Opposing Farce: I have to admit, the overt, immediate conflict in this one didn’t do too much for me. CRYSTALLLLZ didn’t exactly make for the most compelling antagonist, but at least Sombra had a face; there just isn’t anything all that interesting or engaging about anonymous evil vines. Of course, the episode’s real conflict was between Twilight and her friends and her duties as a princess, but the most literal level of “here’s the problem/here’s how we solve it” was just about putting the things in the other thing and without a strong villain to give the conflict a face the whole epic adventure side of the episode felt a little superfluous and lacking in payoff, even moreso than the usual “okay I guess now we blast ‘em” solution. I do like that they retroactively make Discord seem like less of a chump for letting himself get stoned (twice), though; dude always had a contingency, even if we didn’t know it.
Perpetual Lurker: If there’s one word I can use to describe what makes the tone of these episodes so different from the past two-parters, it’s “smart”. It wasn’t any darker than the pilot, it wasn’t any goofier than Return of Harmony, and it wasn’t any more sweeping and epic than The Crystal Empire. Instead, the writing in these episodes seems to be pushing as hard as it can to cover all of its bases. Each character reacts appropriately to Twilight’s new situation, Twilight’s capabilities are laid out right in the beginning to show what she can and can’t do, and just about any sort of common sense contingency is accounted for. We’re never left wondering about Cadance because we’re reminded that she’s far away at the moment, and we only ever ask “why doesn’t Twilight just fly?” just before someone else asks the same question.
Opposing Farce: That was actually the exact thing I was thinking when Discord first appeared during my initial watch; it’s only natural he would be the first draconequus the ponies would think to blame, and though he ultimately ended up playing a bigger role in the story at the time it felt like “oh, they’re willing to pull de Lancie in just because it makes sense Discord would show up here, that’s a good sign.”
Mr. Big: Yeah, I agree with the “smart” remark. I think this two-parter is about, well, growing up. Twilight now has responsibilities that can affect the world around her. She knows she has to be more serious, it’s her job now. It’s exemplified in the beginning when Twilight watches her friends leave home. I’m not the one who cares about what messages cartoons give to children, but I think this was handled well: kids have to grow up eventually, and that’s what happened to Twilight.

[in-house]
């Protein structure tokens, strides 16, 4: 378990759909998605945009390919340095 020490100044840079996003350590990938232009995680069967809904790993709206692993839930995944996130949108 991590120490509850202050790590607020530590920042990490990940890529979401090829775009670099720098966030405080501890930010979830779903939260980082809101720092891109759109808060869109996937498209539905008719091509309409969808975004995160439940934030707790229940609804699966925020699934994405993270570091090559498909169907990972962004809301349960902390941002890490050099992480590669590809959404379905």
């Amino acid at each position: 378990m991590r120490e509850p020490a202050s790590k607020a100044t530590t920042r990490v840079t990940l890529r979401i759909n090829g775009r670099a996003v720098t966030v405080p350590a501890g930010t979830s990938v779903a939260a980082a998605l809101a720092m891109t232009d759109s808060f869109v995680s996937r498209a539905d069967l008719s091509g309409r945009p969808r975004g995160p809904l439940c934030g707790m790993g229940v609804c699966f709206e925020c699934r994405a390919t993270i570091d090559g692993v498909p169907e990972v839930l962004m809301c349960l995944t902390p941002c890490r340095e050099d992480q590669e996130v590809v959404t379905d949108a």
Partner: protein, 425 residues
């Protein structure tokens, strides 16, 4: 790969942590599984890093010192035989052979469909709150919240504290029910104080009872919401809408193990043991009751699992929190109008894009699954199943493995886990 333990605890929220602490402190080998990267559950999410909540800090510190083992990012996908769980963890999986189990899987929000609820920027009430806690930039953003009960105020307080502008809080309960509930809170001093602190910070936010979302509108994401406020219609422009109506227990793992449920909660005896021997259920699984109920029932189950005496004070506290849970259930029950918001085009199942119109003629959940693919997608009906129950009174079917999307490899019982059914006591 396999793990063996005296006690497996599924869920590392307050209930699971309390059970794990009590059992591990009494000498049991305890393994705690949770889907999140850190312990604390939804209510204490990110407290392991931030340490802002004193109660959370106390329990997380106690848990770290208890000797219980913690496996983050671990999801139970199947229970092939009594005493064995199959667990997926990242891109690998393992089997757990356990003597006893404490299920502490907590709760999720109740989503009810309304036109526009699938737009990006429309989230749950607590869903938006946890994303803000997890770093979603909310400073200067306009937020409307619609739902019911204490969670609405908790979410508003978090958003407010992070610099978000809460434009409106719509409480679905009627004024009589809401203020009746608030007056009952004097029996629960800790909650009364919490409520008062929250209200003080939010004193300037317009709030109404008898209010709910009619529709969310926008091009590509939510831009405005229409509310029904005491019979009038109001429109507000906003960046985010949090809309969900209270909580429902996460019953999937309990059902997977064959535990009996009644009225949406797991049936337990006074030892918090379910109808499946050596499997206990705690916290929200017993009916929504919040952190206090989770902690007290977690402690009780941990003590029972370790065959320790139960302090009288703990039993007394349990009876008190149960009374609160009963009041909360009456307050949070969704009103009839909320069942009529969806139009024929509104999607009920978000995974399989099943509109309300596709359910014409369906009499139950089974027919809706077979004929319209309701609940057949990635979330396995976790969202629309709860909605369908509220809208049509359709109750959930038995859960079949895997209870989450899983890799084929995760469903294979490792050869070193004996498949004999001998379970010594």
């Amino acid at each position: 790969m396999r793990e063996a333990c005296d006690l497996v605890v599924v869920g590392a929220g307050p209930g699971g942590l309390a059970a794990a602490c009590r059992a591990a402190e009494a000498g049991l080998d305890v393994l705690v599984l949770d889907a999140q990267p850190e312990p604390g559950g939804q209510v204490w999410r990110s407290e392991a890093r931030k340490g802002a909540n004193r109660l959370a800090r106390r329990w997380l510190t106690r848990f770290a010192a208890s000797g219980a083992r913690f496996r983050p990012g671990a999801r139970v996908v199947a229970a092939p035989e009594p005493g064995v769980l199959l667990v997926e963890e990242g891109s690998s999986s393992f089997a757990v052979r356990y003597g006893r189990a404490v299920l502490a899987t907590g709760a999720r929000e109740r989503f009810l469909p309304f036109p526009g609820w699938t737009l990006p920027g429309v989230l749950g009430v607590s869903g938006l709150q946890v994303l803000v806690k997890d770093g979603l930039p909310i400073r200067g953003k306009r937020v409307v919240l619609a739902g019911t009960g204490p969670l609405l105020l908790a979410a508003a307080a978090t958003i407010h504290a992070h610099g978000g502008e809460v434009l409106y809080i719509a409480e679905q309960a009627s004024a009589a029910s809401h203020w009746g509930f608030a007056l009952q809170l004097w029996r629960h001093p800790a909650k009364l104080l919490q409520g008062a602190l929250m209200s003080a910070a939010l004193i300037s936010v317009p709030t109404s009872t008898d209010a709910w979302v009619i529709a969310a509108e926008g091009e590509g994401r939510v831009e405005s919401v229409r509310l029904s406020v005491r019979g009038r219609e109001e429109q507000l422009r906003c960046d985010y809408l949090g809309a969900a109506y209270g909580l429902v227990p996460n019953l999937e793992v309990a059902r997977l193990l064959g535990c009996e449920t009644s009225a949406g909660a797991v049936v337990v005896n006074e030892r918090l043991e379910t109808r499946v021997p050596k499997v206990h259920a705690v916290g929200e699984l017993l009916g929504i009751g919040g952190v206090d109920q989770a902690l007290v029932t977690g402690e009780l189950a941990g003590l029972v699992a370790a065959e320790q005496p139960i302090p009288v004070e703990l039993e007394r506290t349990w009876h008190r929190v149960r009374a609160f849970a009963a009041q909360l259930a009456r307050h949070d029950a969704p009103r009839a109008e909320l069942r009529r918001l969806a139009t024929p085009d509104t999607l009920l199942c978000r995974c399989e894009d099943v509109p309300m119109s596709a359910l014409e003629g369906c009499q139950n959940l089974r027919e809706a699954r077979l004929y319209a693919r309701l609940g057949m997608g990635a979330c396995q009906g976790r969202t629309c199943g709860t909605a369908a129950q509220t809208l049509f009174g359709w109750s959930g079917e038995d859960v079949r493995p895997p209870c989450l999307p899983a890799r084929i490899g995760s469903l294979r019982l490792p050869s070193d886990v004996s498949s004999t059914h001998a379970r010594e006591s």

Dexanth: I’d agree that there’s a strong theme of transition. In previous openers, there was always Celestia giving Twilight a nudge forward; this is the first time that she’s just gone-gone before Twilight even realizes there is a conflict. The show is showing itself to be maturing, and so far it’s succeeding. One thing I especially want to give kudos to is that the pacing worked far better than many episodes in Season 3, and I hope that continues forward, because it would show that the team has gotten over its growing pains post-Faust/Renzetti.
ComradeCosmobot: Gosh yes, the pacing was much better than pretty much any episode in season 3 (never mind the lets-put-two-episodes-in-one Magical Mystery Cure). I’m crossing my fingers that the rest of the season keeps up the good work because it makes for much better watching.
Headless Horse: Discord is at his best when he’s poking fun at the tropes of the show, lampshading its cherished set-dressing, and parodying things right after they happened “straight”. It’s chapter-and-verse Q, like the whole “John Luck Pickerd” thing. And here, you get Discord worming his way through Twilight’s ears and goading her about the wonderful bonding experience her friends are all sharing, the adventure and perils they’re facing together, and playing on her lingering fears that by sitting it out she’ll be creating a rift in the group which will last for all time. He’s the voice of the smirking analyst who sees over the fourth-wall of the show, who sarcastically asks whether it’s going to “go there” or whether it’s going to pull its punches. And by doing that, he implicitly allows the show to explore psychological complexities that would otherwise be out of reach.